Centenary Celebrated in Lynchburg

On the first weekend of April 2005, the National Capital Band (Bandmaster James Anderson) visited the central Virginia town of Lynchburg to help the local Salvation Army corps celebrate its centenary. The trip was proposed and organized by Band Chaplain Joe DeMato, who has been a soldier at the Lynchburg Corps for many years. Accompanying the band on the weekend were the DC Metro Timbrels, under the direction of Elsie Morris.

As is usual when traveling to the south and west, the band gathered at the Fairfax Corps early on the morning of Saturday, 2 April, arriving in Lynchburg at around 1 pm after an uneventful coach ride. After checking into the hotel, the band moved across the road to the River Ridge Mall, a major shopping complex, for a one-hour concert. The performance started in fine fashion with Emil Söderström’s march Minneapolis IV, followed by the familiar hymn Onward Christian Soldiers (arr. Gordon Langford). A complete contrast in style was next, the band going into “big band” mode for Since Jesus (Leonard Ballantine).

The concert then showcased the band’s euphonium soloist, Major Tony Barrington, who played the old standard Ransomed (George Marshall). This was followed by William Himes’ whimsical arrangement of Bringing in the Sheaves. Two more of the band’s soloists were featured, soprano cornet Noel Morris and principal cornet Ian Anderson, who played Quicksilver (Peter Graham). Paul Drury’s exciting quick march Jubilee was the background for a well-received timbrel drill, followed by another work by Peter Graham, Dance Before the Lord. The concert ended with arrangements of two well-known hymns, What a Friend (Erik Leidzén) and James Curnow’s Fanfare Prelude on “Lobe den Herren”.

After an early supper at the Lynchburg Corps, the band went to the venue for the evening festival, the Rivermont Presbyterian Church. This fine old church has hosted the band in the past, and is a fitting place for a brass band concert. The audience, although small, was appreciative. The band opened with Minneapolis IV and Onward Christian Soldiers, with the audience participating. Following an invocation offered by Major Ken Wilson (first cornet), the concert continued with the swing arrangement Since Jesus and the euphonium solo Ransomed, played by Major Tony Barrington.

As with all Salvation Army bands, spiritual expression is of paramount importance to the National Capital Band. This was evidenced by personal testimonies from two members, Christina Anderson (percussion) and John Reeves (Eb bass). After the testimonies, the DC Metro Timbrels presented a drill accompanied by Percy Merritt’s old march Sword and Shield. The first half of the program concluded with Kenneth Downie’s sensitive arrangement Shekinah and James Curnow’s triumphant Fanfare Prelude on “Lobe den Herren”.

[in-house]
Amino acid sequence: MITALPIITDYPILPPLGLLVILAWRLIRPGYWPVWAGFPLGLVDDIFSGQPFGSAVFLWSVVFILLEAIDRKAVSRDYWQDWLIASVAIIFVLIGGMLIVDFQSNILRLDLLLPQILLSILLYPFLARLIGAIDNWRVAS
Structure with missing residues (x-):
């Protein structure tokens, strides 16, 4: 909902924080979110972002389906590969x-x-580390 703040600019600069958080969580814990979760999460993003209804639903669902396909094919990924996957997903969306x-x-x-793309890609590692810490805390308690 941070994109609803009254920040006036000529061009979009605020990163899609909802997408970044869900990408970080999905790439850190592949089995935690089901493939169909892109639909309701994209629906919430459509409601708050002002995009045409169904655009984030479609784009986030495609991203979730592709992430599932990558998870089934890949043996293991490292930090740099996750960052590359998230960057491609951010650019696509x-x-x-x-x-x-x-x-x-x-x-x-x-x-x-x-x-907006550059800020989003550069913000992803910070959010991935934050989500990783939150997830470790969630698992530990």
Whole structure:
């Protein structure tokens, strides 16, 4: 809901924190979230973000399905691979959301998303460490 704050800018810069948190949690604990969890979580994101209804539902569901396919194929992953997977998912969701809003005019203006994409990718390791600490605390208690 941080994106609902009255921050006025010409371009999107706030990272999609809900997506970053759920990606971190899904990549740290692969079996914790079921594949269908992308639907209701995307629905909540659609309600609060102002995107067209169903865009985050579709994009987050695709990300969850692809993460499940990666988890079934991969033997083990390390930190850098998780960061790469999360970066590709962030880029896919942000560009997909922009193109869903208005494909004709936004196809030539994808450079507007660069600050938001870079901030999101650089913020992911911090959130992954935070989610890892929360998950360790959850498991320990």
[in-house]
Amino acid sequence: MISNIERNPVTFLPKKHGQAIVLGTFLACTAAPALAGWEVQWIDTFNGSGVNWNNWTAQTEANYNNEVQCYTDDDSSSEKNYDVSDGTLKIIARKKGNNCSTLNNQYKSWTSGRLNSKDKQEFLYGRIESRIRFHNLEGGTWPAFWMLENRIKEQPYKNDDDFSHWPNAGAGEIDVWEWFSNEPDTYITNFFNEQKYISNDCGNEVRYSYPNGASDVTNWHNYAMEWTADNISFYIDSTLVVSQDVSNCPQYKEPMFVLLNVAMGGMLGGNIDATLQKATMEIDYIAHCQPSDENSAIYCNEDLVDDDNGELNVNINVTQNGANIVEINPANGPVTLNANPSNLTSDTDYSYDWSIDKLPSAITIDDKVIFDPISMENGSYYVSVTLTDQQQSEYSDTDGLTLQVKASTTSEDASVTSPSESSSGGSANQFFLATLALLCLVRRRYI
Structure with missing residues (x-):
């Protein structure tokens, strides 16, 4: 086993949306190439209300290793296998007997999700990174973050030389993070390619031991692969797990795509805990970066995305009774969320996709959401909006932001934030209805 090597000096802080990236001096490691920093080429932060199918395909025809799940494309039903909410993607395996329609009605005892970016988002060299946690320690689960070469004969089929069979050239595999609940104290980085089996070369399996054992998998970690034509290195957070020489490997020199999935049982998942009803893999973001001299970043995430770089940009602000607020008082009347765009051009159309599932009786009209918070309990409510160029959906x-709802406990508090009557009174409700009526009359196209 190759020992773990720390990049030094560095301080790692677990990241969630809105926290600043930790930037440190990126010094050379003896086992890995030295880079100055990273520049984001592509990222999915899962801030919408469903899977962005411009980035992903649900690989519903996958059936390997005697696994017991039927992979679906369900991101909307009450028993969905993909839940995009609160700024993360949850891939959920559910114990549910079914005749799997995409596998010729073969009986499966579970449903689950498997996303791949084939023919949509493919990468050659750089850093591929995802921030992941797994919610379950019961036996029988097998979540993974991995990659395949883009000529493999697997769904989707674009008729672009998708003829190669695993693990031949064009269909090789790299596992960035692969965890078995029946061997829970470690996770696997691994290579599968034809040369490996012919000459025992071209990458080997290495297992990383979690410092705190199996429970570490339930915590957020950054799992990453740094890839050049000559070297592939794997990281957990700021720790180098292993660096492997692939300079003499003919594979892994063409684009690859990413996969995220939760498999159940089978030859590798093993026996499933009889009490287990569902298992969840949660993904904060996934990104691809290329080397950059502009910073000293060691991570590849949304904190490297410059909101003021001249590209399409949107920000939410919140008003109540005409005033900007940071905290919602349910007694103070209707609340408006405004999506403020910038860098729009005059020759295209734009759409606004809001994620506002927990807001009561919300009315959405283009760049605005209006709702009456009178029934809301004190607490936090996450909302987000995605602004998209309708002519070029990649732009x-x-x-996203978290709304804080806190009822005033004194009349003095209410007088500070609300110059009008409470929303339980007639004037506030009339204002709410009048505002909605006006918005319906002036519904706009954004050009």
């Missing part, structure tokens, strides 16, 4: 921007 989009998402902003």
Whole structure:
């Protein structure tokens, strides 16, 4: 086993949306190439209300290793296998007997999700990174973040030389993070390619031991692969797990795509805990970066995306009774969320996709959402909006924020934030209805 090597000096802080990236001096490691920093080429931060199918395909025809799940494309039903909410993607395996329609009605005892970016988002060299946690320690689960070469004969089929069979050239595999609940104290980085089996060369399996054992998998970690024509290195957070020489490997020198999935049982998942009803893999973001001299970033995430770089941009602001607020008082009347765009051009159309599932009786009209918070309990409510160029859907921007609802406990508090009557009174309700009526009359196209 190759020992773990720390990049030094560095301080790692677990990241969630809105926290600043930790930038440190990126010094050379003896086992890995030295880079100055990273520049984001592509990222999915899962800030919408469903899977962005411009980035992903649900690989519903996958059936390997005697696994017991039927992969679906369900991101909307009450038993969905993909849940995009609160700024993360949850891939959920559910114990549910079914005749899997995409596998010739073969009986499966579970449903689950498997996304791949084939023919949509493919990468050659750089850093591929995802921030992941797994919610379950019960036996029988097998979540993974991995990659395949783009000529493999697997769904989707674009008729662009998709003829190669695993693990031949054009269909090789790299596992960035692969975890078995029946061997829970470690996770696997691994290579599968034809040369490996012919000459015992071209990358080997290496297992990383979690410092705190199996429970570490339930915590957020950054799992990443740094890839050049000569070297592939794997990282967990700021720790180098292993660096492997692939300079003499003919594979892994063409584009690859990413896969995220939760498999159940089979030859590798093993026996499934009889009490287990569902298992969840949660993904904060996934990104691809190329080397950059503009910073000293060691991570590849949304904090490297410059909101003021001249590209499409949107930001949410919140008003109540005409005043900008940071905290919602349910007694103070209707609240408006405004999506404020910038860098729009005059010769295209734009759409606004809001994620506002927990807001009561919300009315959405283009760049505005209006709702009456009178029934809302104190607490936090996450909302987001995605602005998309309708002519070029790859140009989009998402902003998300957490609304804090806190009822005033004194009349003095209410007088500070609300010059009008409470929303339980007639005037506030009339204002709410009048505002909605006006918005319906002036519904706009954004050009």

Resuming after the intermission, the band began with Armed Forces Salute (Stephen Bulla), the cornet duet Quicksilver, and another timbrel item, this one to Jubilee. The concert then turned in a devotional direction, with vocal soloist Deborah Bearchell singing They Could Not (Harris/Cloninger, arr. Brian Bowen), ably accompanied by Christina Anderson on piano with the band joining on the last verse. Following a Scripture reading and devotional message, the concert continued with What a Friend and concluded with another work by James Curnow, A Psalm of Praise.

On Sunday morning, the band participated in the meetings at the Lynchburg Corps, beginning with a united Sunday School session. The band played The Red Shield (Henry Goffin), Jubilee (again accompanying the DC Metro Timbrels) and Since Jesus. Captain Michael Harris, who plays Eb bass in the band and serves as the corps officer in Fredericksburg, Virginia, gave the lesson.

The band was also in charge of the Holiness Meeting, beginning with preliminary music including I Know Thou Art Mine (Leonard Ballantine) and Jesus Loves Me (James Anderson). The meeting proper was begun with the Fanfare Prelude on “Lobe den Herren”. Other items presented by the band included the cornet solo I’d Rather Have Jesus (William Himes), played by Ian Anderson, Reverie (Kenneth Downie) and several items used as congregational songs: Onward Christian Soldiers (arr. Gordon Langford), Come Into His Presence (Lynn Baird, arr. Ray Steadman-Allen), and O Boundless Salvation (William Himes). In keeping with the celebratory mood of the weekend, the band offered Norman Bearcroft’s march To Regions Fair as a postlude. Following the morning service, the band was invited to partake in a centenary luncheon in the corps gymnasium and then boarded their coach for the journey back to the Washington area.

Source: Brass Crest Staff Report